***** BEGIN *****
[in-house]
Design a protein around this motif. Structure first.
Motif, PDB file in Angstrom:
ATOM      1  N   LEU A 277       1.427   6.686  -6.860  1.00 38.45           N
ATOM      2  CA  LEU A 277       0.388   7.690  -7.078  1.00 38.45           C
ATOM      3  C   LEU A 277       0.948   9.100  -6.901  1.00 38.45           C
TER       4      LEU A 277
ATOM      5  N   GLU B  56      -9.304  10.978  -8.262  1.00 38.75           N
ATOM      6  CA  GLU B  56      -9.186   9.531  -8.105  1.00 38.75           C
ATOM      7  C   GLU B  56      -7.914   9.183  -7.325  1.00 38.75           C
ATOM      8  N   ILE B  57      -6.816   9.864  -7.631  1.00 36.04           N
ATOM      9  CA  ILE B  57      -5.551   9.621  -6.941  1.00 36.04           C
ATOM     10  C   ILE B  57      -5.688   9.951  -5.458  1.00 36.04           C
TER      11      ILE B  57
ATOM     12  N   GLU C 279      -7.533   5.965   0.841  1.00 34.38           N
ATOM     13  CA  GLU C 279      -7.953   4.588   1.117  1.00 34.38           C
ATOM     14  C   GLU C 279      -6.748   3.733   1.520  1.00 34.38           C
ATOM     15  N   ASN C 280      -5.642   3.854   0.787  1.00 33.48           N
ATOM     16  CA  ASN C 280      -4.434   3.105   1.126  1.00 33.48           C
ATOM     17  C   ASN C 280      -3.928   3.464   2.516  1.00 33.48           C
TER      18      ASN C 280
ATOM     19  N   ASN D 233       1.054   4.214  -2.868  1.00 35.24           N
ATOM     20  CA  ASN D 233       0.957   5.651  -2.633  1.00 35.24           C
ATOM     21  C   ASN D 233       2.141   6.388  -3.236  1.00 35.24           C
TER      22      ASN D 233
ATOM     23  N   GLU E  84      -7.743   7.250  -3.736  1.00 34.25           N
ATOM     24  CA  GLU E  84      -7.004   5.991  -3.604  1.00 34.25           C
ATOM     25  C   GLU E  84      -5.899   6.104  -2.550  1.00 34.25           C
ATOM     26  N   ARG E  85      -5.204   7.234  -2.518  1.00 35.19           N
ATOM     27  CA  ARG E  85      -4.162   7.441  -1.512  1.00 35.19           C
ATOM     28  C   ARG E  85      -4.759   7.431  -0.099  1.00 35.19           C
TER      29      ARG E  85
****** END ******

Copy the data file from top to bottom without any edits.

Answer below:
[in-house]
Design a protein around this motif. Structure first.
Motif, PDB file in Angstrom:
ATOM      1  N   LEU A 277       1.427   6.686  -6.860  1.00 38.45           N
ATOM      2  CA  LEU A 277       0.388   7.690  -7.078  1.00 38.45           C
ATOM      3  C   LEU A 277       0.948   9.100  -6.901  1.00 38.45           C
TER       4      LEU A 277
ATOM      5  N   GLU B  56      -9.304  10.978  -8.262  1.00 38.75           N
ATOM      6  CA  GLU B  56      -9.186   9.531  -8.105  1.00 38.75           C
ATOM      7  C   GLU B  56      -7.914   9.183  -7.325  1.00 38.75           C
ATOM      8  N   ILE B  57      -6.816   9.864  -7.631  1.00 36.04           N
ATOM      9  CA  ILE B  57      -5.551   9.621  -6.941  1.00 36.04           C
ATOM     10  C   ILE B  57      -5.688   9.951  -5.458  1.00 36.04           C
TER      11      ILE B  57
ATOM     12  N   GLU C 279      -7.533   5.965   0.841  1.00 34.38           N
ATOM     13  CA  GLU C 279      -7.953   4.588   1.117  1.00 34.38           C
ATOM     14  C   GLU C 279      -6.748   3.733   1.520  1.00 34.38           C
ATOM     15  N   ASN C 280      -5.642   3.854   0.787  1.00 33.48           N
ATOM     16  CA  ASN C 280      -4.434   3.105   1.126  1.00 33.48           C
ATOM     17  C   ASN C 280      -3.928   3.464   2.516  1.00 33.48           C
TER      18      ASN C 280
ATOM     19  N   ASN D 233       1.054   4.214  -2.868  1.00 35.24           N
ATOM     20  CA  ASN D 233       0.957   5.651  -2.633  1.00 35.24           C
ATOM     21  C   ASN D 233       2.141   6.388  -3.236  1.00 35.24           C
TER      22      ASN D 233
ATOM     23  N   GLU E  84      -7.743   7.250  -3.736  1.00 34.25           N
ATOM     24  CA  GLU E  84      -7.004   5.991  -3.604  1.00 34.25           C
ATOM     25  C   GLU E  84      -5.899   6.104  -2.550  1.00 34.25           C
ATOM     26  N   ARG E  85      -5.204   7.234  -2.518  1.00 35.19           N
ATOM     27  CA  ARG E  85      -4.162   7.441  -1.512  1.00 35.19           C
ATOM     28  C   ARG E  85      -4.759   7.431  -0.099  1.00 35.19           C
TER      29      ARG E  85